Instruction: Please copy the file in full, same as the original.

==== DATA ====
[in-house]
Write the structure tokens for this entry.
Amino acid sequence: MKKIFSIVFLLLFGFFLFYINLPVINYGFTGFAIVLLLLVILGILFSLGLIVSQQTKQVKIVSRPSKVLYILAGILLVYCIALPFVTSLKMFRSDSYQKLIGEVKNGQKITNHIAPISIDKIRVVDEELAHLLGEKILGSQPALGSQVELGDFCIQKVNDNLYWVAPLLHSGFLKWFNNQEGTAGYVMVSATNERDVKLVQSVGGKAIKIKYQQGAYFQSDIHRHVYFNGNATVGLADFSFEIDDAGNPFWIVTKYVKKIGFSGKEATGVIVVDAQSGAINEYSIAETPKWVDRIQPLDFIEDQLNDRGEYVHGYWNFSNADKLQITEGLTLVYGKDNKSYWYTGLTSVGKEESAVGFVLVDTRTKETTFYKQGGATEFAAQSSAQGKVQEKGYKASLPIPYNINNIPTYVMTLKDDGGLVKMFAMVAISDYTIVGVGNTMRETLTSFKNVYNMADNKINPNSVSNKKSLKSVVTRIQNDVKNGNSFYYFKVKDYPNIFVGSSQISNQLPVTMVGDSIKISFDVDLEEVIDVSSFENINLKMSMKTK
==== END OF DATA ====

[in-house]
Write the structure tokens for this entry.
Amino acid sequence: MKKIFSIVFLLLFGFFLFYINLPVINYGFTGFAIVLLLLVILGILFSLGLIVSQQTKQVKIVSRPSKVLYILAGILLVYCIALPFVTSLKMFRSDSYQKLIGEVKNGQKITNHIAPISIDKIRVVDEELAHLLGEKILGSQPALGSQVELGDFCIQKVNDNLYWVAPLLHSGFLKWFNNQEGTAGYVMVSATNERDVKLVQSVGGKAIKIKYQQGAYFQSDIHRHVYFNGNATVGLADFSFEIDDAGNPFWIVTKYVKKIGFSGKEATGVIVVDAQSGAINEYSIAETPKWVDRIQPLDFIEDQLNDRGEYVHGYWNFSNADKLQITEGLTLVYGKDNKSYWYTGLTSVGKEESAVGFVLVDTRTKETTFYKQGGATEFAAQSSAQGKVQEKGYKASLPIPYNINNIPTYVMTLKDDGGLVKMFAMVAISDYTIVGVGNTMRETLTSFKNVYNMADNKINPNSVSNKKSLKSVVTRIQNDVKNGNSFYYFKVKDYPNIFVGSSQISNQLPVTMVGDSIKISFDVDLEEVIDVSSFENINLKMSMKTK